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Saturday, February 17, 2007

Annals of Shamapova

A reader has directed LR's attention to the fact, as reported by Radio Liberty, that

The world's top-ranked female tennis player, Maria Sharapova of Russia, has donated $100,000 to aid recovery from the 1986 Chornobyl nuclear disaster. Sharapova made the announcement at a news conference at United Nations headquarters in New York, where she was also made a UN goodwill ambassador. Sharapova, whose family lived not far from Chornobyl at the time of the accident, said she hoped the money would help rebuild schools, hospitals, and sports facilities near the site of the accident. The explosion at the Chornobyl nuclear power plant in Ukraine in April 1986 was the world's worst civilian nuclear accident. Its long-term health effects are still unclear, but the UN has predicted it will cause up to 9,000 extra deaths from cancer in the most affected areas.
Apparently, some idiot Russophiles think this speaks well of Maria. Many thinking Russians, of course, may be annoyed that Sharapova chose to make her donation to the Ukraine instead of to Russia. At least, she's trying to remedy (two decades after the fact) a problem caused by Russia, so it may serve to reduce Russophobia in Ukraine to some extent. They may also be perturbed by the fact that the only way a Russian celebrity gets to be a high-profile Goodwill Ambassador is by . . . moving to the United States.

Her level of personal generosity is quite unimpressive, too -- at least for those capapable of basic math. Sharapova is the 62nd highest-paid celebrity in the world, and Russia's highest paid celebrity by a wide margin. She has an annual income of $18.2 million. By donating $100,000 Maria has surrendered 0.5% of her annual income. That's like a person who earns $100,000 per year donating $500 to charity (actually, any economist would tell you that 0.5% of income means far less to a millionaire than to an ordinary person because of what's still left over afterwards, so the actual burden on Maria is even less than this suggests). What's more, if we look at the beneficiary side of the transaction, it is estimated that there over 4 million people in the Ukraine, Byelorussia and western Russia still live on contaminated ground. So Maria has donated an impressive 2.5 cents to each one for cleanup work (or, about $100 to each person who will perish in an horrible way from the contamination according to the UN estimate -- is she covering their funeral expenses?).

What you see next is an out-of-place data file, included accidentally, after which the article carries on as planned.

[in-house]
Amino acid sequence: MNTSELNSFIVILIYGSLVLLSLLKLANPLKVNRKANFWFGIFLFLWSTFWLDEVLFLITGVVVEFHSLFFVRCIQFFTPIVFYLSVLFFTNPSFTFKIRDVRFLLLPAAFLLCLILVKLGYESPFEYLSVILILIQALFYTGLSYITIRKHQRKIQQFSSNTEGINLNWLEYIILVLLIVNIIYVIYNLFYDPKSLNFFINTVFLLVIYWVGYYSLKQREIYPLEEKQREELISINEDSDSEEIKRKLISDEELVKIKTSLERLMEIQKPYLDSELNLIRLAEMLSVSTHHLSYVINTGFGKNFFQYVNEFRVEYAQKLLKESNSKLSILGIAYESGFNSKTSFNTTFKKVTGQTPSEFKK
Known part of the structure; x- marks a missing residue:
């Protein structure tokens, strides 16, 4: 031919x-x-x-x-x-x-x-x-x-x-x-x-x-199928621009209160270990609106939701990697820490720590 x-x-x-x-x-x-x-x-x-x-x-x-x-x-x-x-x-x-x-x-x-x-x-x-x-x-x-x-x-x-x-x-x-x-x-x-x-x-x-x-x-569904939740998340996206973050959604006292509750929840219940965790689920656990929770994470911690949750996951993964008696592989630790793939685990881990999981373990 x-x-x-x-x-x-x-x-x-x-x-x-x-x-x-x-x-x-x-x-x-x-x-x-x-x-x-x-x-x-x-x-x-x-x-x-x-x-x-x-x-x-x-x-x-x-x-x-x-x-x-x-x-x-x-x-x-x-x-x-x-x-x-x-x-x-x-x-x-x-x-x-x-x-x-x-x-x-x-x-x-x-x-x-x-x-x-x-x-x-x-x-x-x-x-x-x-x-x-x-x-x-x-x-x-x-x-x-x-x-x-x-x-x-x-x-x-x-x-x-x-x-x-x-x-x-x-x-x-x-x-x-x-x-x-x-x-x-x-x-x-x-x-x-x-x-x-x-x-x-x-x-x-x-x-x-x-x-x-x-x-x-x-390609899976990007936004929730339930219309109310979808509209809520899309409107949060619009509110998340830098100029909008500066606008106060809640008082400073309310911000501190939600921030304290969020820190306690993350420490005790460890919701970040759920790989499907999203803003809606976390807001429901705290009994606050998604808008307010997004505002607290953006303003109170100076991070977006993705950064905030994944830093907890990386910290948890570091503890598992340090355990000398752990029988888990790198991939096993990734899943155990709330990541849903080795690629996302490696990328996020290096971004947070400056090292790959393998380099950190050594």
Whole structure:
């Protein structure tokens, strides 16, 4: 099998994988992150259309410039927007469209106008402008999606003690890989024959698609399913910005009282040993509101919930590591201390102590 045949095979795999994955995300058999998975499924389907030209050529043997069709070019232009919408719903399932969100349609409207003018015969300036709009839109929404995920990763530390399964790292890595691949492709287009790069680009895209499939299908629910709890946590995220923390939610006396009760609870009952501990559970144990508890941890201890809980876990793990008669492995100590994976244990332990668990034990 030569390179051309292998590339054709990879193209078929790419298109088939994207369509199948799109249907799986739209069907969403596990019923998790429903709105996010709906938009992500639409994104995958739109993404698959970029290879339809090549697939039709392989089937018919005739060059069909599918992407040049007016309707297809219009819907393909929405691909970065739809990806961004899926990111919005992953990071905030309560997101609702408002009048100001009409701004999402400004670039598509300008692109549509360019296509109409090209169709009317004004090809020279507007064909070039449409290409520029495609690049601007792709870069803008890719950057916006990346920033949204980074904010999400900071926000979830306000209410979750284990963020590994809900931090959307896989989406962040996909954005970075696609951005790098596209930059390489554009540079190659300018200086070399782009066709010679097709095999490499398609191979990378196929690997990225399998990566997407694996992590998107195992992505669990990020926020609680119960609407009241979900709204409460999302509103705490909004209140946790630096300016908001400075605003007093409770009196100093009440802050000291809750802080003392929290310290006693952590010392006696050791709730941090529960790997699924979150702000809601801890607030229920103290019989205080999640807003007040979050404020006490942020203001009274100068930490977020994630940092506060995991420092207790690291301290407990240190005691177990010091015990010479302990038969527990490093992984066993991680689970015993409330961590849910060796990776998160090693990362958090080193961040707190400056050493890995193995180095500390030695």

And apparently, Sharapova wasn't willing to cough up a cent until she could receive the title of "Goodwill Ambassador" in return. In fact, there's nothing to say that her sponsors have not fronted her the donation in order to gain the publicity so as to increase her fortune from endorsement even more exponentially -- so it may not have cost Maria a single cent, and may in fact profit her to the tune of millions. A real humanitarian would at least have gone so far as to have made the delivery in Ukraine, drawing the camera's attention to the plight of oppressed people there, victims of the Soviet era of oppression. But apparently, Maria has little if any desire to actually set foot upon her homeland if she can avoid it.

Meanwhile, though she has risen to #1 in the world for a second time, Maria has yet to ever win a tournament while number ranked one and her 2007 has been full of humiliating losses to lower-ranked players. In other words, she's a classic Russian: all illusion, no substance. One must admit, though, that the illusion is flashy and eye-catching, just like all those military parades through Red Square in the days of Brezhnev. So ironic, that the country responsible for those mighty spectacles now no longer exists.

But above all, what's absolutely f-a-s-c-i-n-a-t-i-n-g about this is that LR had no intention whatsoever of bringing up the subject until several Russophile wackos (who've been banned for lying and spamming the blog) did so. These are the very same morons who criticize LR for talking about Sharapova, claiming (dishonestly) we are "obsessed" with her. Yet they bring up the subject.

One can only heave a heavy sigh and say: And so it goes in Russia.

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